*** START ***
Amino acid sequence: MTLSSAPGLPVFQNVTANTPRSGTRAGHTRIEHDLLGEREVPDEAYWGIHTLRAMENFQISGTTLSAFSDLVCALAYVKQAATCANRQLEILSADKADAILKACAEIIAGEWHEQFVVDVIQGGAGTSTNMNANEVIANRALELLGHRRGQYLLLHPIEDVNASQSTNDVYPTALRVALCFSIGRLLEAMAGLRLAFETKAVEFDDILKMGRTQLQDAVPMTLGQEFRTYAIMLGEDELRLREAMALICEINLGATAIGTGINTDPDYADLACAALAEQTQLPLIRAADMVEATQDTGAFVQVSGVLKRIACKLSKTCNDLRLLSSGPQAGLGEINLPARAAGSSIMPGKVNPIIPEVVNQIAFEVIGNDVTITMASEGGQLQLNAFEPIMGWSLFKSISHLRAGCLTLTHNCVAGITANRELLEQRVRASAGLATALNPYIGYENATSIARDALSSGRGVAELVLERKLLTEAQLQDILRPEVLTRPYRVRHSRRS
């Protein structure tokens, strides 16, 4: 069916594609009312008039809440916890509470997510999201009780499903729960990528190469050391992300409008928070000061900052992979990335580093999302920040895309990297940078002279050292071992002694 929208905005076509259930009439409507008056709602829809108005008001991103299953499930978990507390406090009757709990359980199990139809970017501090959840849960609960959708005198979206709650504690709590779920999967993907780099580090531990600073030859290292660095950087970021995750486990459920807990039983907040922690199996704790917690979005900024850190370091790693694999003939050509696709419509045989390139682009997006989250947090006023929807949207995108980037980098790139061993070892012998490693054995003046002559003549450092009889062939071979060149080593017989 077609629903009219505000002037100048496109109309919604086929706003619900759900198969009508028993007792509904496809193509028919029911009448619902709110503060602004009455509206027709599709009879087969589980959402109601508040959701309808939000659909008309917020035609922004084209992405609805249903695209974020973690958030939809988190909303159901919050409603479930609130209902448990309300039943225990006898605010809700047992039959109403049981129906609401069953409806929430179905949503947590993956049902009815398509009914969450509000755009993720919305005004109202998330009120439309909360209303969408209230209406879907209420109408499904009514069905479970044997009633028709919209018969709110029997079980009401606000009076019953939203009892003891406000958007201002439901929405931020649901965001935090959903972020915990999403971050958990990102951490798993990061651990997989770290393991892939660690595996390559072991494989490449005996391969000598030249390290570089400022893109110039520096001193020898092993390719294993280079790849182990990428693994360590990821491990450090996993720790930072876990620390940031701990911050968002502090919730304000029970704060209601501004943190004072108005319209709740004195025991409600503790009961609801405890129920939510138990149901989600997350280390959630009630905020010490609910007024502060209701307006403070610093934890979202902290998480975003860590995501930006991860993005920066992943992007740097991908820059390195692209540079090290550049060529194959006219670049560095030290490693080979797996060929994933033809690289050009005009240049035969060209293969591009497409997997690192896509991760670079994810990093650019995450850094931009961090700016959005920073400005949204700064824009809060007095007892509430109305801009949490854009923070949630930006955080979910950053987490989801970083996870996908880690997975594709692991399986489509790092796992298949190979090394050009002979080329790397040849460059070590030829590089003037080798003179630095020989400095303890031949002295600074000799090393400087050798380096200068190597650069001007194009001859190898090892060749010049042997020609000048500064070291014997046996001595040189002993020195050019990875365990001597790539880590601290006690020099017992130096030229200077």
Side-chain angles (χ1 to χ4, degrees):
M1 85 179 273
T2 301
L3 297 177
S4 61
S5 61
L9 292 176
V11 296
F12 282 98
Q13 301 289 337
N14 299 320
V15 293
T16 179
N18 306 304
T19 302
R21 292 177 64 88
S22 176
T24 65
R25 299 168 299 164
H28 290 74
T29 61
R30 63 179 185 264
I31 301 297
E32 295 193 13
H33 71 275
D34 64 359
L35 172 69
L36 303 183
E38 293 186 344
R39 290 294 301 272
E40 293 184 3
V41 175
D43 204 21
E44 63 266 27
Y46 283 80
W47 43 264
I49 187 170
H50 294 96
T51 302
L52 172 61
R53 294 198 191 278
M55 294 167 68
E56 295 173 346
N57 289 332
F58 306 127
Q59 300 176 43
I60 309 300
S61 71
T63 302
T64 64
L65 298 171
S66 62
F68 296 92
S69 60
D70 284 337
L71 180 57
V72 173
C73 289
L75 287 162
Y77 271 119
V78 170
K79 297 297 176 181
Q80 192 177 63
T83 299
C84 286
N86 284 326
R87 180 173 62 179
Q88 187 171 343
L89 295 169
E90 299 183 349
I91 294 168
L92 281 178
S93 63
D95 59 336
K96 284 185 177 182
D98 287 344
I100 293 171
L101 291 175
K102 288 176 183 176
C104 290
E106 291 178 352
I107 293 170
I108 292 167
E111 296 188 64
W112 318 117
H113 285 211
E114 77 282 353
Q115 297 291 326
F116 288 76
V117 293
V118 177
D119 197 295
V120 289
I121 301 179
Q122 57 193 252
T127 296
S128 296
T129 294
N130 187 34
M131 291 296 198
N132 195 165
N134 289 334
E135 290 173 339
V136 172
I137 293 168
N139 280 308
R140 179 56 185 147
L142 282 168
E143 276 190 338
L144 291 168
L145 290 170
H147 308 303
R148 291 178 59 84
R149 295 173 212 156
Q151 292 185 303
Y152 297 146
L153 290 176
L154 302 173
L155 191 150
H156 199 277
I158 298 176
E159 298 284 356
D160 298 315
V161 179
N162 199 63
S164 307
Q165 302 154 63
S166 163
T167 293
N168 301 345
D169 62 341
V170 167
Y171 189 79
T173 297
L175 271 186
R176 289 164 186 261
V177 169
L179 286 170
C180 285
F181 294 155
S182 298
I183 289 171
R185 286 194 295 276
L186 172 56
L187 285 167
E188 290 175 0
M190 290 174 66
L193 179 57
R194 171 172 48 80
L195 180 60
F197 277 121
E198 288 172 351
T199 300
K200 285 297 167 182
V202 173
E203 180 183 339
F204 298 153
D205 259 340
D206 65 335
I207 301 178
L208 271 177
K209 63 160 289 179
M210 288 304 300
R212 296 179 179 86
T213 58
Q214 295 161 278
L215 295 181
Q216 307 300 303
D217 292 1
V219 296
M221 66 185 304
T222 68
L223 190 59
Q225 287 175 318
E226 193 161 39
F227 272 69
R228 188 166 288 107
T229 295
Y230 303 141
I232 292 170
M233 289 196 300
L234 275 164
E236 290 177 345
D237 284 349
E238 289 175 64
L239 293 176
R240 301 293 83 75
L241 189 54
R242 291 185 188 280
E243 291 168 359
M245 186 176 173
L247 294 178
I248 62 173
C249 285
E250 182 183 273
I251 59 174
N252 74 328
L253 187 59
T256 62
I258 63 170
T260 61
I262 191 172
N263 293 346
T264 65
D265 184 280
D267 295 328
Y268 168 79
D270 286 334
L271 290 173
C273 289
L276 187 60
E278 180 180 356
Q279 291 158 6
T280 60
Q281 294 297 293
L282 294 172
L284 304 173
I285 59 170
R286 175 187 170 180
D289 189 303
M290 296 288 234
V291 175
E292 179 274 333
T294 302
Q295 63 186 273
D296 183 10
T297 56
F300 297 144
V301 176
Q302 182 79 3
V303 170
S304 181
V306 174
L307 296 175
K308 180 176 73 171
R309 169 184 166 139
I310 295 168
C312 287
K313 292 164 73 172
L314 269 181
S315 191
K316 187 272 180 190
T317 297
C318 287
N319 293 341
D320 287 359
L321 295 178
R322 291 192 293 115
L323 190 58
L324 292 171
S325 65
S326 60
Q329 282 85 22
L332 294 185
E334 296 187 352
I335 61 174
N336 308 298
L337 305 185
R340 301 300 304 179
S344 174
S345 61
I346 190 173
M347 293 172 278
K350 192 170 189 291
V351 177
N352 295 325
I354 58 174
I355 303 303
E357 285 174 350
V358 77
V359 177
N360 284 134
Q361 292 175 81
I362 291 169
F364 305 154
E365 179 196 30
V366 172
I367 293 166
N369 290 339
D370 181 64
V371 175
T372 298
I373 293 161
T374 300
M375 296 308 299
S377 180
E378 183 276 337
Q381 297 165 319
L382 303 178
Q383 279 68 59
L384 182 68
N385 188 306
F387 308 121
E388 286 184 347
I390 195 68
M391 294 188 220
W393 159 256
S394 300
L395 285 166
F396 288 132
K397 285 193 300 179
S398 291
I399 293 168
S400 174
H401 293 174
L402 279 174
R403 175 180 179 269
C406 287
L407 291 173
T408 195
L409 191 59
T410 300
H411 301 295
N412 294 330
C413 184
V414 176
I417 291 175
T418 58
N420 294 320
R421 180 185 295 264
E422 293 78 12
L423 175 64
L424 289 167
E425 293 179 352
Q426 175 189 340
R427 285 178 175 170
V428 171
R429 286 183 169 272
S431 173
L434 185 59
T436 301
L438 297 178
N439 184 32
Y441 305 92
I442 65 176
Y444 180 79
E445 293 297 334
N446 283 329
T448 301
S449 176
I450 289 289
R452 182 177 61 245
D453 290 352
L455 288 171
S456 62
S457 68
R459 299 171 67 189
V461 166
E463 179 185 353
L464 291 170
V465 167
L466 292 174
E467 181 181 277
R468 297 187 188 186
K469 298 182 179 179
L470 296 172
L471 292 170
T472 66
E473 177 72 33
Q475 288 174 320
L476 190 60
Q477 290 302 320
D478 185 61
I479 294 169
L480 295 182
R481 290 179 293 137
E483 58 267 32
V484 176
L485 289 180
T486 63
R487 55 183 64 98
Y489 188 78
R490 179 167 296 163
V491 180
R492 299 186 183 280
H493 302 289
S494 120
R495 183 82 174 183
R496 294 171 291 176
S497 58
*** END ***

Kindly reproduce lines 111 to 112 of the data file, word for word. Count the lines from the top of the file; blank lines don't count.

E143 276 190 338
L144 291 168